The first series of Danger Man ended after 39 episodes in June, 1961. Ralph Smart would go on to another series (Man of the World<) in 1962, while McGoohan would assume othe roles. This did not mean that television viewers had seen the last of John Drake, however, as the series would return in an hour long format in October 1964. The hour long version of Danger Man debuted on ITV on October 13, 1964. It still followed the exploits of John Drake (Patrick McGoohan), although it would see some changes as well. As before, Drake was a highly skilled agent who usually worked alone. On the hour long version, however, Drake had become an agent for M9 (a fictional branch of Her Majesty's Secret Service). His superior was now Hobbs (Peter Madden). The cover utilized by M9 and its agents was usually that of World Travel, a travel agency which serviced a good number of destinations (some of which would definitely not welcome tourists).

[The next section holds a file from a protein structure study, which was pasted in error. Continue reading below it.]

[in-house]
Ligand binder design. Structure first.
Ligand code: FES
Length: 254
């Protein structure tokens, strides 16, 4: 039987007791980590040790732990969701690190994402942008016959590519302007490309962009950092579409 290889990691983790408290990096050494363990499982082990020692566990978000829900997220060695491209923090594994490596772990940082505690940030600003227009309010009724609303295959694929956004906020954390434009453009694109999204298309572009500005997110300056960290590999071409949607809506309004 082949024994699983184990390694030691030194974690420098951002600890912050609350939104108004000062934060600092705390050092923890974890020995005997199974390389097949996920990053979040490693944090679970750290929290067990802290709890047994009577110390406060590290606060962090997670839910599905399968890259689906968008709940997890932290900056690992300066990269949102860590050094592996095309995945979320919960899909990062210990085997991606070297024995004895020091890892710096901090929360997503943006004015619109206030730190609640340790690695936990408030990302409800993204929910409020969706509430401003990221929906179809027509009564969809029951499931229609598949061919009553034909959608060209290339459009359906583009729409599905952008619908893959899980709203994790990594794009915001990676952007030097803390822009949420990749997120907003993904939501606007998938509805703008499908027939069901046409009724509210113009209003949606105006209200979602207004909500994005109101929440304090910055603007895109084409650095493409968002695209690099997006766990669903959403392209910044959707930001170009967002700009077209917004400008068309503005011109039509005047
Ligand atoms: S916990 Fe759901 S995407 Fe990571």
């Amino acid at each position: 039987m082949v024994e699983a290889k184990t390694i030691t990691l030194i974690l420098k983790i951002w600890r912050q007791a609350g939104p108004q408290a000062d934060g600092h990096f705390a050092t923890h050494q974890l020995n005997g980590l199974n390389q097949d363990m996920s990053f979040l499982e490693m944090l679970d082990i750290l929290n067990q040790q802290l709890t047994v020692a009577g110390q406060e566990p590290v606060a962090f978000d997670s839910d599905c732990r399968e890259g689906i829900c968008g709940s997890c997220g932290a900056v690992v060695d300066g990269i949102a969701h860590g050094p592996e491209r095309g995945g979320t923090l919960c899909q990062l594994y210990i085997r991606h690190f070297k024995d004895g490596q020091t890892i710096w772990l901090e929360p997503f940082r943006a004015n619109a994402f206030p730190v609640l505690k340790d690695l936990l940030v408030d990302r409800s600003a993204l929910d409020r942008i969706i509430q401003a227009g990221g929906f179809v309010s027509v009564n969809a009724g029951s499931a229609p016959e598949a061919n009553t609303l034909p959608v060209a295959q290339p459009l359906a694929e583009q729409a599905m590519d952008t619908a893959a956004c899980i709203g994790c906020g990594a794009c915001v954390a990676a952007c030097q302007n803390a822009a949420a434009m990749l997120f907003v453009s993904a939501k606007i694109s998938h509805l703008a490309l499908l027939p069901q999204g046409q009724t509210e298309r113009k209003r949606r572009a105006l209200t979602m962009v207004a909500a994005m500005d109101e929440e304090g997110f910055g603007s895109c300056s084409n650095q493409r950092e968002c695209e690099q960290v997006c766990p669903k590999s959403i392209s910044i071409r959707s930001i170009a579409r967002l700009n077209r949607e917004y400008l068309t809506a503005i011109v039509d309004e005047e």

Danger Man was one of the most popular TV series of its time in the United Kingdom. In fact, in the years since its original run, Britain's taste for similar such material had own grown that much greater. The Avengers, which had debuted a mere four months later, had become a phenomenon in its own right. Similar action adventure series, such as the anthology series Espionage and Man of the World (produced by Danger Man's Ralph Smart), had become rather common on British television. And putting aside all doubts that a spy craze had overtaken England were the Bond films--Dr. No and From Russia with Love had been top money makers in 1962 and 1963 respectively. The time then seemed right for the return of Danger Man.